Frederic Remington, The Fall of the Cowboy, 1895, oil on canvas, 24 x 35-1/8 inches (Amon Carter Museum of American Art). Speakers: Sara Klein, Teacher and School Programs Manager, Amon Carter Museum of American Art and Steven Zucker
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Remington, Fall of the Cowboy quiz
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The Fall of the Cowboy reinforces the melancholic mood of its subject through all of the following except
The highly detailed rendering of the clothing, tools, and horses
The use of somber colors and monochromatic tones
The strong horizontal lines of the fence and distant horizon
The lack of motion creates a sense of quiet
Remington’s cowboy paintings may have influenced which of the following?
The popular depictions of cowboys later seen in Hollywood westerns
The frontier thesis proposed by Frederick Jackson Turner in 1893
The end of the cowboy’s way of life on the open range
The role of cowboys to support the ranching industry in the 19th century
Which detail in Fall of the Cowboy is often used in art to symbolize death, mortality, and the inevitable passage of time?
The season of winter
The barbed-wire fencing
The horse without a rider
The footprints in the snow
Remington created the Fall of the Cowboy for which purpose?
It was an illustration for an essay by Owen Wister in Harper’s Monthly Magazine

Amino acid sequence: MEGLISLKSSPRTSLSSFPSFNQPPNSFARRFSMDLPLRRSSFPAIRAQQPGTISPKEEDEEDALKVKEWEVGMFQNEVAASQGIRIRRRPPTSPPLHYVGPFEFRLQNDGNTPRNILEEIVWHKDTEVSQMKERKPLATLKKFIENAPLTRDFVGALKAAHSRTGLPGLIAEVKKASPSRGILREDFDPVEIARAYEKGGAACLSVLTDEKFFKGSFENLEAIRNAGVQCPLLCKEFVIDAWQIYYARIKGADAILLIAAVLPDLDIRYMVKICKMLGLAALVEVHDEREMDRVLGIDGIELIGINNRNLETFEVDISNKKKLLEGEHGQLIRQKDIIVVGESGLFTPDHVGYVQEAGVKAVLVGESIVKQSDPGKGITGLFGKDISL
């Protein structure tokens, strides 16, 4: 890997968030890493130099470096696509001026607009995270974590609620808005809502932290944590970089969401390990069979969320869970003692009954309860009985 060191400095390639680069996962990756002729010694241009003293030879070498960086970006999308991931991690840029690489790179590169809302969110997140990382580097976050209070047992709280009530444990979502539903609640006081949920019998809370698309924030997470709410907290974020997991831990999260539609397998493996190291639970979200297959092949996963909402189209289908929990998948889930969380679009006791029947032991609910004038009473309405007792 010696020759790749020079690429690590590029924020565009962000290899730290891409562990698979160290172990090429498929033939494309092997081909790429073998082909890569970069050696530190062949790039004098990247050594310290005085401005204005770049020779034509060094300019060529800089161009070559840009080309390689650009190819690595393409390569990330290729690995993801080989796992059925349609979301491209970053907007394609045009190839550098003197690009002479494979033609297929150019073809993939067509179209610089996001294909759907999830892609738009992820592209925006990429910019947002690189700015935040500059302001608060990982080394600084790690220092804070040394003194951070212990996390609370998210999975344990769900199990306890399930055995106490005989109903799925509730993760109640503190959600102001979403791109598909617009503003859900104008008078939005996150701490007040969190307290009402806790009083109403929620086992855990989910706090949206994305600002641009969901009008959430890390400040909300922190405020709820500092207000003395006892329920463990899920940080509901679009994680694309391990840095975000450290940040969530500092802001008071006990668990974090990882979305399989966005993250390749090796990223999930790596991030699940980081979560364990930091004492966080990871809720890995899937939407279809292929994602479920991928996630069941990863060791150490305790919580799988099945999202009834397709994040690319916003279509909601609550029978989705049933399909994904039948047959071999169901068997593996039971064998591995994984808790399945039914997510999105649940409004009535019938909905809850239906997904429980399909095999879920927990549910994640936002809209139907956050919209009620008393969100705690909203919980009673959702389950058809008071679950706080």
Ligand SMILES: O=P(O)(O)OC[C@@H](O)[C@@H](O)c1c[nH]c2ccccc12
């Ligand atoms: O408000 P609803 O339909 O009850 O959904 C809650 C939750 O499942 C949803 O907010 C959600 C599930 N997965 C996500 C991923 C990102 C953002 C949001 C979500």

It was part of a display on ranching at the Columbian Exposition of 1893 in Chicago
It was sold to raise money for cowboys who had lost their jobs
It was used to encourage homesteading and settlement on the western frontier
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In the late 19th century, the United States saw the closing of the frontier and the completion of westward expansion.
Cowboys played an essential role in the ranching industry by driving cattle across the open range in the mid-19th century, but the invention of barbed wire fencing, the increased privatization of land, and the growth of the railroad brought an end to the cowboys’ way of life.
Remington’s painting uses a monochromatic palette, quiet winter setting, and minimal movement to evoke nostalgia about the end of the era of the cowboy.
In 1893, Frederick Jackson Turner argued that settlement of the west had ended the frontier era in the United States.
As the 19th century came to a close, the image of the cowboy began to transform into a mythic persona that reflects a romanticized history of the U.S. frontier.
Remington’s depictions of cowboy combine details of close observation with idealizations of the American West. Compare this 1895 photograph to Remington’s painting. What is similar? What is different? How does the photograph present cowboys differently than the painting?
Cite this page as: Sara Klein, Amon Carter Museum of American Art and Dr. Beth Harris, "The closing of the frontier and The Fall of the Cowboy," in Smarthistory, February 6, 2018, accessed January 17, 2019, https://smarthistory.org/remington-fall-cowboy-2/.